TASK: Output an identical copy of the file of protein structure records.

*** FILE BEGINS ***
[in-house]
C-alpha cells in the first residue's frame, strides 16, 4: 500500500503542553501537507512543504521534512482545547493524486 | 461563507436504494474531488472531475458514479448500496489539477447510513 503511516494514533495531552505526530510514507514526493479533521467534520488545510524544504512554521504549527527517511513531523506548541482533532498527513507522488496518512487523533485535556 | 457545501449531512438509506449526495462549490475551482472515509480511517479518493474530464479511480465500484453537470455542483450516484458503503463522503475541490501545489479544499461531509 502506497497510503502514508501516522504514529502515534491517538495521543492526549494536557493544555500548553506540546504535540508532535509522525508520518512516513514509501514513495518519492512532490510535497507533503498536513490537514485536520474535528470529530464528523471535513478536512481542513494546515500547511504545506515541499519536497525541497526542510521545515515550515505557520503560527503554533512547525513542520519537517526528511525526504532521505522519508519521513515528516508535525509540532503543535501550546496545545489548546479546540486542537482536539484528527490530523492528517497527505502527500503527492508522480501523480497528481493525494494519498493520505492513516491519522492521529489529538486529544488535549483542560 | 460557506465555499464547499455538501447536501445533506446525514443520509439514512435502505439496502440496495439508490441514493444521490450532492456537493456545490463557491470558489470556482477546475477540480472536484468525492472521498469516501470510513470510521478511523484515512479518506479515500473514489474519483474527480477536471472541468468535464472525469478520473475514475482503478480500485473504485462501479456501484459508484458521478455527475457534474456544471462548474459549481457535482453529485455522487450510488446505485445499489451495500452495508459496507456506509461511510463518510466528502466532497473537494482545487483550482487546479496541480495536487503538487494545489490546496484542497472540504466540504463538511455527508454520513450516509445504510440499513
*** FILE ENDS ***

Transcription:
[in-house]
C-alpha cells in the first residue's frame, strides 16, 4: 500500500503542553501537507512543504521534512482545547493524486 | 461563507436504494474531488472531475458514479448500496489539477447510513 503511516494514533495531552505526530510514507514526493479533521467534520488545510524544504512554521504549527527517511513531523506548541482533532498527513507522488496518512487523533485535556 | 457545501449531512438509506449526495462549490475551482472515509480511517479518493474530464479511480465500484453537470455542483450516484458503503463522503475541490501545489479544499461531509 502506497497510503502514508501516522504514529502515534491517538495521543492526549494536557493544555500548553506540546504535540508532535509522525508520518512516513514509501514513495518519492512532490510535497507533503498536513490537514485536520474535528470529530464528523471535513478536512481542513494546515500547511504545506515541499519536497525541497526542510521545515515550515505557520503560527503554533512547525513542520519537517526528511525526504532521505522519508519521513515528516508535525509540532503543535501550546496545545489548546479546540486542537482536539484528527490530523492528517497527505502527500503527492508522480501523480497528481493525494494519498493520505492513516491519522492521529489529538486529544488535549483542560 | 460557506465555499464547499455538501447536501445533506446525514443520509439514512435502505439496502440496495439508490441514493444521490450532492456537493456545490463557491470558489470556482477546475477540480472536484468525492472521498469516501470510513470510521478511523484515512479518506479515500473514489474519483474527480477536471472541468468535464472525469478520473475514475482503478480500485473504485462501479456501484459508484458521478455527475457534474456544471462548474459549481457535482453529485455522487450510488446505485445499489451495500452495508459496507456506509461511510463518510466528502466532497473537494482545487483550482487546479496541480495536487503538487494545489490546496484542497472540504466540504463538511455527508454520513450516509445504510440499513